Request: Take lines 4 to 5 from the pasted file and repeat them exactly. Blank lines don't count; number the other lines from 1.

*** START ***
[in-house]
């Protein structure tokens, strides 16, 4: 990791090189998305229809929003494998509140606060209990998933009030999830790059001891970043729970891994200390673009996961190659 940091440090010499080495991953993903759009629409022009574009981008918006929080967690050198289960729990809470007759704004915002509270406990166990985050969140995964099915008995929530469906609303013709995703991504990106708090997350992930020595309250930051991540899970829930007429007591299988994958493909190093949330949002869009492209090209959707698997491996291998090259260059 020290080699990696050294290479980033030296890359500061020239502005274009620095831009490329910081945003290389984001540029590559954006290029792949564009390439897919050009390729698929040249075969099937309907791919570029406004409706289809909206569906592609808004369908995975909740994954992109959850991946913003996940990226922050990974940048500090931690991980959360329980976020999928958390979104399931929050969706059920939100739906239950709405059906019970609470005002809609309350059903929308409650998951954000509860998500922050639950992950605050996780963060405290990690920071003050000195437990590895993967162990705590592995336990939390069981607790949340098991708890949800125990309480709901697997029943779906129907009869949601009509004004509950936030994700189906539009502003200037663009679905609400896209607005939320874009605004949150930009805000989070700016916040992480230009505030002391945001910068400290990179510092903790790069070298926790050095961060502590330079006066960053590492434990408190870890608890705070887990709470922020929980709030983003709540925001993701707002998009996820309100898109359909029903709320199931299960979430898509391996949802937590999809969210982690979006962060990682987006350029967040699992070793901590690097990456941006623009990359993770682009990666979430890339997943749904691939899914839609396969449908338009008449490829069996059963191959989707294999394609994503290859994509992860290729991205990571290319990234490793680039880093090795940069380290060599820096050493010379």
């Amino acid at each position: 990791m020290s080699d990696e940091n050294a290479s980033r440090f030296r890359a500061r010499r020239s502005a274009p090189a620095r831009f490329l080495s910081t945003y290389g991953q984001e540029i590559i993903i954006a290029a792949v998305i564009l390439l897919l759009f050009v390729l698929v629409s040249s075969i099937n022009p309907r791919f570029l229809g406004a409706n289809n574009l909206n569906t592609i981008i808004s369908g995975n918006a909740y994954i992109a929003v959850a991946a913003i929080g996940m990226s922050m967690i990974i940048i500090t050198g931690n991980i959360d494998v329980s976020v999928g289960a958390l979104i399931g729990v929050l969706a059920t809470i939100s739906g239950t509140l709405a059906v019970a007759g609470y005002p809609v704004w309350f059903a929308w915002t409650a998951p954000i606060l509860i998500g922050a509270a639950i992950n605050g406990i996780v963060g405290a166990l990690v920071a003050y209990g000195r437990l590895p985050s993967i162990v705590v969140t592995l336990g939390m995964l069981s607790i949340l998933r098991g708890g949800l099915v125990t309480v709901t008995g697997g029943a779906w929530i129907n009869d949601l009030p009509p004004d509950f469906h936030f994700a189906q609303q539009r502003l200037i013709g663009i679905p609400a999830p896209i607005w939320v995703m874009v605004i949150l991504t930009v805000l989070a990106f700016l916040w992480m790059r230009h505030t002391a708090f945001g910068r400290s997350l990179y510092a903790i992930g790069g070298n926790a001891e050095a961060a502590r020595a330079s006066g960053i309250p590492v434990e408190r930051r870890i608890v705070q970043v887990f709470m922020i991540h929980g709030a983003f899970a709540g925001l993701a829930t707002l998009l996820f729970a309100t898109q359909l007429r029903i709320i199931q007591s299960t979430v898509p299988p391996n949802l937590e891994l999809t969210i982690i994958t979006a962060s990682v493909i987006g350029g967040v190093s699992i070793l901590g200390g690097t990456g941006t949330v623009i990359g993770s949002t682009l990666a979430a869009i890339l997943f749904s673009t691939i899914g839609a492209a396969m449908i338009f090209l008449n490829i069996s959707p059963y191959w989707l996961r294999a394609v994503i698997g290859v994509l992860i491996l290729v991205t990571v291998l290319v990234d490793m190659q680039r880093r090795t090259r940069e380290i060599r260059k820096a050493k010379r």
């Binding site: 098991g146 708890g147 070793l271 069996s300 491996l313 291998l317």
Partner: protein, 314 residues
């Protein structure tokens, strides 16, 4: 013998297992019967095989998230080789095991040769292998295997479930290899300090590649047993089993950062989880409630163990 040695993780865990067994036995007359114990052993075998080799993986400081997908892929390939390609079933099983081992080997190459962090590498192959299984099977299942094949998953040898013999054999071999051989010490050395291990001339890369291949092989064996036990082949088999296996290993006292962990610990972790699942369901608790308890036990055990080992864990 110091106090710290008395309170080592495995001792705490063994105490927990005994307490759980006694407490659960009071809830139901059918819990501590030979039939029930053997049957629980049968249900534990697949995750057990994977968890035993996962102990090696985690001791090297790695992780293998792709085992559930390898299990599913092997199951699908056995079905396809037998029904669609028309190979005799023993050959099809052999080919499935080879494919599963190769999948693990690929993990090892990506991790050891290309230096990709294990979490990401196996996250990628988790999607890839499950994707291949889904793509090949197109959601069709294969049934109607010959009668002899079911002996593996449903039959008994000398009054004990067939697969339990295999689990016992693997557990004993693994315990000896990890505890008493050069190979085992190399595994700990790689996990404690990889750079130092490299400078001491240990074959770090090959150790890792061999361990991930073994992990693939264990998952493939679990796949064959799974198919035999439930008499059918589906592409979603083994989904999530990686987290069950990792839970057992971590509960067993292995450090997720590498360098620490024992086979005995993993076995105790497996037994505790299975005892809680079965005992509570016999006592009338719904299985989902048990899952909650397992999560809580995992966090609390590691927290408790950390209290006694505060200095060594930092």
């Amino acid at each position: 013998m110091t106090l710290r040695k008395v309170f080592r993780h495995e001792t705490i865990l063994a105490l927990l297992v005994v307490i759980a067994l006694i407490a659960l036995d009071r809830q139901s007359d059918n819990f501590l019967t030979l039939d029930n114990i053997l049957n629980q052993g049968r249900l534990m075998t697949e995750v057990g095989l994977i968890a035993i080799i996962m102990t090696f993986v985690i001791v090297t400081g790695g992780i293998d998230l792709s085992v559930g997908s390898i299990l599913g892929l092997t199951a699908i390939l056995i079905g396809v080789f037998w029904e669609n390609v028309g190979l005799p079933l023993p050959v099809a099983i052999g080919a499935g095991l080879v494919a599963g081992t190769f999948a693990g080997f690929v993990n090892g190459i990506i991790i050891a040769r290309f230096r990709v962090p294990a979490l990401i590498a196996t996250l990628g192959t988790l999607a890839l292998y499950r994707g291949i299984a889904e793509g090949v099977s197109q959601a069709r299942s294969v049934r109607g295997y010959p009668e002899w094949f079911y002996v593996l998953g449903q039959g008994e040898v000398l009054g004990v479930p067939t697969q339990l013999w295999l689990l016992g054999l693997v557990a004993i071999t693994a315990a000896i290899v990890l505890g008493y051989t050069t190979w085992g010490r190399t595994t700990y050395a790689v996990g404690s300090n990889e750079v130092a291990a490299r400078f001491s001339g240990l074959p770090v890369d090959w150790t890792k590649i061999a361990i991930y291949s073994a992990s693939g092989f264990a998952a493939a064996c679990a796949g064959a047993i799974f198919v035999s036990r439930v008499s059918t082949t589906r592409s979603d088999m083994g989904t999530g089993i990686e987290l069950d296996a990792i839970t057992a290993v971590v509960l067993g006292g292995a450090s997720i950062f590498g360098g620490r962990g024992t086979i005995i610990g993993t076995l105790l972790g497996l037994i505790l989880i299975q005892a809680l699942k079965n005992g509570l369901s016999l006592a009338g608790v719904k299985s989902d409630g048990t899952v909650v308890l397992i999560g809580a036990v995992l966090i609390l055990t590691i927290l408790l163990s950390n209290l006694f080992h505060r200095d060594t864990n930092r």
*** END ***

């Binding site: 098991g146 708890g147 070793l271 069996s300 491996l313 291998l317």
Partner: protein, 314 residues